An interesting post from José Ignacio at A Crime is Afoot has got me thinking about the way we interact with people we don’t know. In his post (which you’ll want to read), José Ignacio reviews Agatha Christie’s Evil Under the Sun, which takes place mostly at the Jolly Roger Hotel, on Leathercombe Bay in Devon. Hercule Poirot, who’s there on holiday, gets involved in a murder investigation when fellow guest, Arlena Stuart Marshall, is murdered.
One of the interesting things about this novel is the way Christie uses the interactions among the guests, some of whom were complete strangers to each other when they first arrived. And yet, they come to know a lot about one another as the story goes on. They play tennis, they sit and chat, and so on, and those conversations form part of the plot. In large part, that’s because in 1941, when the novel was published, modern electronics weren’t available. Television had been invented, but most people didn’t have one. That meant that, especially on holiday, people were more inclined to talk to one another.
That’s also apparent in Elizabeth Daly’s Unexpected Night, which takes place at the Ocean House resort in Ford’s Beach, Maine. In that novel, a young man named Amberley Cowden is found dead at the bottom of a cliff. He had a serious heart condition and wasn’t expected to live long. So, his death might have been natural. But was it? Rare book expert Henry Gamadge is staying at the same resort and gets involved in the investigation. In this novel, too, we see people who don’t know each other start to talk and interact. There are many other novels, too (I’m thinking of Patricia Moyes’ Dead Men Don’t Ski, for instance), in which people come to the same place for a holiday and interact quite a lot with strangers. That’s what people did before television and other modern electronics changed the way we communicate.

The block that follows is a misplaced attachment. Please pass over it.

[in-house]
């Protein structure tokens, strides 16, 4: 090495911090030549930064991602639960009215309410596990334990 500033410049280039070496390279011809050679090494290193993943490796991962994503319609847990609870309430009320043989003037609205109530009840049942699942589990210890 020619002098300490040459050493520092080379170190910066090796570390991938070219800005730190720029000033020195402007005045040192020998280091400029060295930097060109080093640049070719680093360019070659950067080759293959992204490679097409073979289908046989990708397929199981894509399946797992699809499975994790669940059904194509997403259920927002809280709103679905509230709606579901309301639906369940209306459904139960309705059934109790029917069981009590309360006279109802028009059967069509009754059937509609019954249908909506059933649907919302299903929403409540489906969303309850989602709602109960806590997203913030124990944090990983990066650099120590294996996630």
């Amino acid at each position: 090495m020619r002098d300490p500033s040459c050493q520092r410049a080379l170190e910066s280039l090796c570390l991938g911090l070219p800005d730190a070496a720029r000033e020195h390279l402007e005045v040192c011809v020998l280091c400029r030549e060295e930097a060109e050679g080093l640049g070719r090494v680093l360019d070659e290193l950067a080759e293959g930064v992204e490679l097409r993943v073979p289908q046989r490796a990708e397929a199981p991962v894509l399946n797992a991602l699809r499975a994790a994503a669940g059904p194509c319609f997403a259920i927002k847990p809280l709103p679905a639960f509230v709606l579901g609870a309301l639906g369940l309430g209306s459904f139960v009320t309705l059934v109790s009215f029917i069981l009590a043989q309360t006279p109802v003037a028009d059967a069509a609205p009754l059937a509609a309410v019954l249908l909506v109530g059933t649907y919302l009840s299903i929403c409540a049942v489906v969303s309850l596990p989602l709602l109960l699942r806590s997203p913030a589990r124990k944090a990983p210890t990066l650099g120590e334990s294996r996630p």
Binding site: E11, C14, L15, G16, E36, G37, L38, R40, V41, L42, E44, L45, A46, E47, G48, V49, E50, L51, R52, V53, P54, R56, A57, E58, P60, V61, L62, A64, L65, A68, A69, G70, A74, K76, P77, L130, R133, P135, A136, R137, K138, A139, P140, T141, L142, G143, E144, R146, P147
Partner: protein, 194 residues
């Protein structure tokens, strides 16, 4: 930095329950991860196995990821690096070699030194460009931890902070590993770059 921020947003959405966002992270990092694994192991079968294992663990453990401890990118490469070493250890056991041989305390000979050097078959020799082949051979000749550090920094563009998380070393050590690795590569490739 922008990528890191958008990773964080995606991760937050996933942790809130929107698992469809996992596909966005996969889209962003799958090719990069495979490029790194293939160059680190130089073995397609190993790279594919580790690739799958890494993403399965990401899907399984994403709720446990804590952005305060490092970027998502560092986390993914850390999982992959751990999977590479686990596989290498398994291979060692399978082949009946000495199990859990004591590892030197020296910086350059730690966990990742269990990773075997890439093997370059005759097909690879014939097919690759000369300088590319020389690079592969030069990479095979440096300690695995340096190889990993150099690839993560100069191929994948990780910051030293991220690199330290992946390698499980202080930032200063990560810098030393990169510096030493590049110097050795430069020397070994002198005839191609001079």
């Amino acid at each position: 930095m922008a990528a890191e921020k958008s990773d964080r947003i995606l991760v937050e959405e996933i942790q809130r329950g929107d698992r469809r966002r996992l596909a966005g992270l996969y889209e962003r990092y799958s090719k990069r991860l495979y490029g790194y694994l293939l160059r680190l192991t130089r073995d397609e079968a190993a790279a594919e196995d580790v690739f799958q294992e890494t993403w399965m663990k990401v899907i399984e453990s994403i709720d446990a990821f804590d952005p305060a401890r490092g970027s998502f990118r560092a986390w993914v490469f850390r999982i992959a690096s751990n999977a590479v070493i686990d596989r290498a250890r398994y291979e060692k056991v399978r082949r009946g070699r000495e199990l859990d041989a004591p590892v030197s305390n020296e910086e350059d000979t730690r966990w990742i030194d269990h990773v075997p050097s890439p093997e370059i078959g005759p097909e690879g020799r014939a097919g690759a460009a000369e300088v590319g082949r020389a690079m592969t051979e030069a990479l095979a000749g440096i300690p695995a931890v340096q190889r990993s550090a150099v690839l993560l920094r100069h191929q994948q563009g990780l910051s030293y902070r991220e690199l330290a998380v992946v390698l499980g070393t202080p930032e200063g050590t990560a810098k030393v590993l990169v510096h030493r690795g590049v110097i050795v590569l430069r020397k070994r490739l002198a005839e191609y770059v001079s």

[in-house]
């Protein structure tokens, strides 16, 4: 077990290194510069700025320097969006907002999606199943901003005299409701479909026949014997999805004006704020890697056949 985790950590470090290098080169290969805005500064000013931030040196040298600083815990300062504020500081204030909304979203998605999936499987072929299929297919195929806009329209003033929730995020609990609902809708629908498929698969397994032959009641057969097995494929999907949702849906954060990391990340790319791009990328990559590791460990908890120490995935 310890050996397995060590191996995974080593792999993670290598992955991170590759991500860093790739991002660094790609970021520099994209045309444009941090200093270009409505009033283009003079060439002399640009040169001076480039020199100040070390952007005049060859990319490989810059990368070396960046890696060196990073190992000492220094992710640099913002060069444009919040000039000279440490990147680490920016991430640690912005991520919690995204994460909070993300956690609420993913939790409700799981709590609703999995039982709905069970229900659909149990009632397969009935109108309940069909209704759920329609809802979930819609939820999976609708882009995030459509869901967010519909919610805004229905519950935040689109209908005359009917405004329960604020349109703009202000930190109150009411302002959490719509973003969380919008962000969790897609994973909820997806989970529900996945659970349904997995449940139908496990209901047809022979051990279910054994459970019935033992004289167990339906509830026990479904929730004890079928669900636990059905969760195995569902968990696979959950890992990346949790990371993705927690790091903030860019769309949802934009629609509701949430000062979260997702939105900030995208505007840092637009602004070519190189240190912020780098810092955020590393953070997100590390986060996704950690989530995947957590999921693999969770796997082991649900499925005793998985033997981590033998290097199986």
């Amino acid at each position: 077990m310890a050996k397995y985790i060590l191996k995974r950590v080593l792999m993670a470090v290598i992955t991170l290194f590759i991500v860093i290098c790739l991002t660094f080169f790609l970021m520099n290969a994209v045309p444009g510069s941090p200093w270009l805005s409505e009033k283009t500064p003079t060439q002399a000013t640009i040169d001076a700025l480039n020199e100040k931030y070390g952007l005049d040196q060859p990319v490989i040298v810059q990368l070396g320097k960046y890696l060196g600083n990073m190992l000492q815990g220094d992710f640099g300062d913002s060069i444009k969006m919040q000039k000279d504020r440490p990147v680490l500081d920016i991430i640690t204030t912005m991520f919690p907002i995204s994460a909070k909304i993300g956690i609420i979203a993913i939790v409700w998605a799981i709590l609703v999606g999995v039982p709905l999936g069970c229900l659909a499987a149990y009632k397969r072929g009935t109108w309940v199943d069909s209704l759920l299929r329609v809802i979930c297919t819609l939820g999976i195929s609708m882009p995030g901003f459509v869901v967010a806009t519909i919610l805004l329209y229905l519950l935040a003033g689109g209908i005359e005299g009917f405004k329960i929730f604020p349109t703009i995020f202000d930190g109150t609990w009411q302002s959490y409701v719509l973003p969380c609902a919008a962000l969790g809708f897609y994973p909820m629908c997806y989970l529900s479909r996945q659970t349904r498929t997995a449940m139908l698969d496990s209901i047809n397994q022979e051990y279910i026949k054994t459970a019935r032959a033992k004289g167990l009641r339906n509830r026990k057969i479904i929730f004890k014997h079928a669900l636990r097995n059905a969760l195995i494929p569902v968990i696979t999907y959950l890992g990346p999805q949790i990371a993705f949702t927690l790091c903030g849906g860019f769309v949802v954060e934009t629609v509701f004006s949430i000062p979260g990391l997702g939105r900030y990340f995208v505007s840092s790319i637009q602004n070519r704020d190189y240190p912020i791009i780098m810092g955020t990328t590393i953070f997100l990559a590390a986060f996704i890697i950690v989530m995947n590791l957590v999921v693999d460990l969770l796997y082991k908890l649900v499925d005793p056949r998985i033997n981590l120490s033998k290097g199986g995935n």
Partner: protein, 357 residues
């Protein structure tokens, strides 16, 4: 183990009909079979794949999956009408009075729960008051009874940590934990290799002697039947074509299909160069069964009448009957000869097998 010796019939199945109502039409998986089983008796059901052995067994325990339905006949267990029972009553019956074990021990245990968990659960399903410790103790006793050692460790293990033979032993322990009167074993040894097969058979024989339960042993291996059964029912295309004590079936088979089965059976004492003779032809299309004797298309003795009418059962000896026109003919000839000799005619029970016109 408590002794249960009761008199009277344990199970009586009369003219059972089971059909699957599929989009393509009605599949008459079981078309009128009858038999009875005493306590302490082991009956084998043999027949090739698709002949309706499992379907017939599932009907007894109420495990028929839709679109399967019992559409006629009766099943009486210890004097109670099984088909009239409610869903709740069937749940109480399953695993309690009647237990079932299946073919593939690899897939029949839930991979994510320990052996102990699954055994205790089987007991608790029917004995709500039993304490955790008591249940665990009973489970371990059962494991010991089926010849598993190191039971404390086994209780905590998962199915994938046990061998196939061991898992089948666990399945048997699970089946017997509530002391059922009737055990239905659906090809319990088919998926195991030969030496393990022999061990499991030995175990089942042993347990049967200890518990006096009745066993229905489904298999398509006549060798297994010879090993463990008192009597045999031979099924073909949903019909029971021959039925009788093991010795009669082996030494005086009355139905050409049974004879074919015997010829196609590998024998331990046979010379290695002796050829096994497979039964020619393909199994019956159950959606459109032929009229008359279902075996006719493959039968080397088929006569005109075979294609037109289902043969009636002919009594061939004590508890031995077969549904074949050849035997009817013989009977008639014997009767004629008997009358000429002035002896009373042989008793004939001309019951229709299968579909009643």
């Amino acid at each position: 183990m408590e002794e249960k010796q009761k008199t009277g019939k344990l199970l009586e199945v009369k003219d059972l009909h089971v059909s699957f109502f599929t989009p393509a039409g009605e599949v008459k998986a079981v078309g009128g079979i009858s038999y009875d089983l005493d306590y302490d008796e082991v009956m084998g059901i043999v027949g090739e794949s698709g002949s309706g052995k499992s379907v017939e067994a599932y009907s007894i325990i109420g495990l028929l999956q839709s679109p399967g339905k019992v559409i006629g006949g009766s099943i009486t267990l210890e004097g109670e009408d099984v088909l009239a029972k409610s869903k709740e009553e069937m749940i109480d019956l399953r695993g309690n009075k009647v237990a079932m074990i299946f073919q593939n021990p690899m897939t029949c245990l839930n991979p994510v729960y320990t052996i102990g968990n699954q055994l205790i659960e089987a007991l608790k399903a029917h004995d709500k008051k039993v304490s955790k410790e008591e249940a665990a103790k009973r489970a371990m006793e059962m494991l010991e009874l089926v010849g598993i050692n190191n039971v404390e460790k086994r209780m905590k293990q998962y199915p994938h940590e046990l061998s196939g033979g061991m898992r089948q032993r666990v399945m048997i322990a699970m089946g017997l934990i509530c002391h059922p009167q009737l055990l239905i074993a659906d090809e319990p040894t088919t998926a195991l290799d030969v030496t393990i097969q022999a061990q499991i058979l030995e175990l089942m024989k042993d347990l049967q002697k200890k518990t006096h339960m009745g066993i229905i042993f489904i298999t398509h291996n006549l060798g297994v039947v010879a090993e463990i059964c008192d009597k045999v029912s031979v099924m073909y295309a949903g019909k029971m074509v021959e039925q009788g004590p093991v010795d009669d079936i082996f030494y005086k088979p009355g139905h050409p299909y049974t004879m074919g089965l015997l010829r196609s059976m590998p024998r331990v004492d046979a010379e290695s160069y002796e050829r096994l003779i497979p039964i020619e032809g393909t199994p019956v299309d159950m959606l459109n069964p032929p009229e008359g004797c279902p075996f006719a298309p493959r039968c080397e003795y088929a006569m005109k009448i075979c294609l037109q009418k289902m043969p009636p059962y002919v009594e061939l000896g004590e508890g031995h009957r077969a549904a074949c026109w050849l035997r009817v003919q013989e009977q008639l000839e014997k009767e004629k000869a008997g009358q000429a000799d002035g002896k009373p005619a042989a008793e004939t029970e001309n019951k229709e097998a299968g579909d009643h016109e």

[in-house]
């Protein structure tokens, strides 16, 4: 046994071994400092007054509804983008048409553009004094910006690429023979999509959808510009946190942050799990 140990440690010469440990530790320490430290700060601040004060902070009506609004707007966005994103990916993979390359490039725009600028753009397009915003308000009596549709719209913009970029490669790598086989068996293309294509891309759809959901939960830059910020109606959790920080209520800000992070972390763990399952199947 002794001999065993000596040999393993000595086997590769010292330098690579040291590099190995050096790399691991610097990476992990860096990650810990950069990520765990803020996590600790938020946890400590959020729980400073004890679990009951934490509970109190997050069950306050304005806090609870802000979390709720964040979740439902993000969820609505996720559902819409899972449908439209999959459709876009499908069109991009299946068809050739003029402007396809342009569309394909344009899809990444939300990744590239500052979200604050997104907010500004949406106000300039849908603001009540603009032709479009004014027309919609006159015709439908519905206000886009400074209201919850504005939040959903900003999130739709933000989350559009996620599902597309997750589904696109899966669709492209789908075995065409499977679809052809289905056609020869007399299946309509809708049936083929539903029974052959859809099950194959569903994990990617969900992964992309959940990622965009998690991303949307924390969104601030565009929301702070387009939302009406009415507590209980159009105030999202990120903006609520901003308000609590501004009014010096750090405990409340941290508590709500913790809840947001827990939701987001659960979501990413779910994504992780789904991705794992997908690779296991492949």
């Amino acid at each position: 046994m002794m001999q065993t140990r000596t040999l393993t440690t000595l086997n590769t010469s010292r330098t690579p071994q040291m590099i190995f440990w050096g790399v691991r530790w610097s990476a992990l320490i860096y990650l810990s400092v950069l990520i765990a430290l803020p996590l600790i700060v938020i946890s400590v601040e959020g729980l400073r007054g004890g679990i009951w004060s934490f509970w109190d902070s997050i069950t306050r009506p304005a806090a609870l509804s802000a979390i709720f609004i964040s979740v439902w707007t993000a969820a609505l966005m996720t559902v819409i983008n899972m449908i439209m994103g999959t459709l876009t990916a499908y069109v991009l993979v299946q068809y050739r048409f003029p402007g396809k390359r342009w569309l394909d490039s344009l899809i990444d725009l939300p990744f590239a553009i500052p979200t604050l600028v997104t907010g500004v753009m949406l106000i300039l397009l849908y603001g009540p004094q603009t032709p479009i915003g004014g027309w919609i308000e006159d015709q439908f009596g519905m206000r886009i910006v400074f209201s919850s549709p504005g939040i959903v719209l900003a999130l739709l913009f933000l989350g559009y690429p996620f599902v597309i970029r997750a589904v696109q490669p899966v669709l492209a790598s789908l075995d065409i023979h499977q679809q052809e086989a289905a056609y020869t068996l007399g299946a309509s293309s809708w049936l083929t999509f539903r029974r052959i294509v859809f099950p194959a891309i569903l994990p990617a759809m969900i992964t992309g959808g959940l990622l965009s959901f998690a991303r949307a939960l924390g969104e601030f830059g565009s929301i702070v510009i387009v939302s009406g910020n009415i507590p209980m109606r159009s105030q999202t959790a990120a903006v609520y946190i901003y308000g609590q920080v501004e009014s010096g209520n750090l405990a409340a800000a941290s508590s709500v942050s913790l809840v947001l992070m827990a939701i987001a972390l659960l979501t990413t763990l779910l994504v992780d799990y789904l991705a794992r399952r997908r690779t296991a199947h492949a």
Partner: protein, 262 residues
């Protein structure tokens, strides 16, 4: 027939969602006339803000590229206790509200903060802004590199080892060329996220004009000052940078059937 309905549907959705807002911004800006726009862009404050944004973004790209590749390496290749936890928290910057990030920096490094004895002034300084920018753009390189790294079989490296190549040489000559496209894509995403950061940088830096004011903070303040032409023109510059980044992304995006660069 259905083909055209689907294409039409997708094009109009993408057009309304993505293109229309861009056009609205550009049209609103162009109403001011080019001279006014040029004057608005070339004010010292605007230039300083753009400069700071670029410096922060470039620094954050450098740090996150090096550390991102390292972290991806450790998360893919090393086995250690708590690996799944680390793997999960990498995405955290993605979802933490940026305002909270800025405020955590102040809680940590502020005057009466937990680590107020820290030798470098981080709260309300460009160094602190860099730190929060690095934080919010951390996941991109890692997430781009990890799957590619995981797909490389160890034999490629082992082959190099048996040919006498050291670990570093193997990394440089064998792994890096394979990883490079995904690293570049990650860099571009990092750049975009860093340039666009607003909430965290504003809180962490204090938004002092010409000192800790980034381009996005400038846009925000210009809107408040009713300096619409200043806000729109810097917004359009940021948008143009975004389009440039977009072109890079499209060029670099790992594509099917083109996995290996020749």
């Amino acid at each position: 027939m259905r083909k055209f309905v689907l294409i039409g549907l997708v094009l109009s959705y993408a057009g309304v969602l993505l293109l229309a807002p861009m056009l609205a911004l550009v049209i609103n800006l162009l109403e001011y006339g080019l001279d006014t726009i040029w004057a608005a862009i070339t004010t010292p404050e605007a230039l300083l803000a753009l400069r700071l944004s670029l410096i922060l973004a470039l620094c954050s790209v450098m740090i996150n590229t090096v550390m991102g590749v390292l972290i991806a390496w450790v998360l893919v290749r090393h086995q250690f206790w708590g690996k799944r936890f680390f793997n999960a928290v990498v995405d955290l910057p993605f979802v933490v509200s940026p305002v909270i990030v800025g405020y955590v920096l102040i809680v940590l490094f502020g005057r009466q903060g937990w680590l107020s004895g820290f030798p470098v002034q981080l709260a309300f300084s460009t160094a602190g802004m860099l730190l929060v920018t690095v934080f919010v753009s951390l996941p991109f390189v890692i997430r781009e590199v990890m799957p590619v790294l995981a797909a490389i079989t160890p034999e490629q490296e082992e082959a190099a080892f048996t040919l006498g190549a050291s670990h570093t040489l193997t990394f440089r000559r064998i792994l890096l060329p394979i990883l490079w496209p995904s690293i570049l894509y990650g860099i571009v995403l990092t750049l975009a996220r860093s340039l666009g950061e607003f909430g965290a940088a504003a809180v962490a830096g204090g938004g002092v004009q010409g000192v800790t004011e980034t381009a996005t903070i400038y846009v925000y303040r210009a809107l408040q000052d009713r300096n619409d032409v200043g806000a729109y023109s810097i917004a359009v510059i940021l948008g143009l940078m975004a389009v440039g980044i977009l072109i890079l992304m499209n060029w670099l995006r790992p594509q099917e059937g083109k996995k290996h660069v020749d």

It’s arguably harder for contemporary authors to create a credible similar scenario (where strangers at a hotel or other gathering place start chatting with each other and get to know each other). It still happens of course. For instance, if I may, let me share a personal example. Not many years ago, there was a widespread power outage in the area where I live. It affected my entire community. Without television, air conditioning, or the Internet, people wandered outdoors, and began chatting. The big topic was, of course, the blackout itself. But we started talking about other things, too. That sort of scenario also happens in fiction, too, and gives the author plenty of opportunities for conflict, misdirection, and more.
That said, though, today’s authors often need to explore the other ways in which people communicate and get to know each other. For instance, Cat Connor’s Ellie Conway is an FBI Special Agent (Later Supervising Special Agent (SSA)). Her cases often involve online groups, chat rooms, and other fora, both legitimate and in the ‘dark web.’ These groups also involve people who are complete strangers to each other at first, but who get to know one another. A major difference between these groups and an in-person collection of strangers is that it’s very easy to be anyone you want online. So, contemporary crime novelists can build tension and suspense as they explore what online anonymity may be covering up.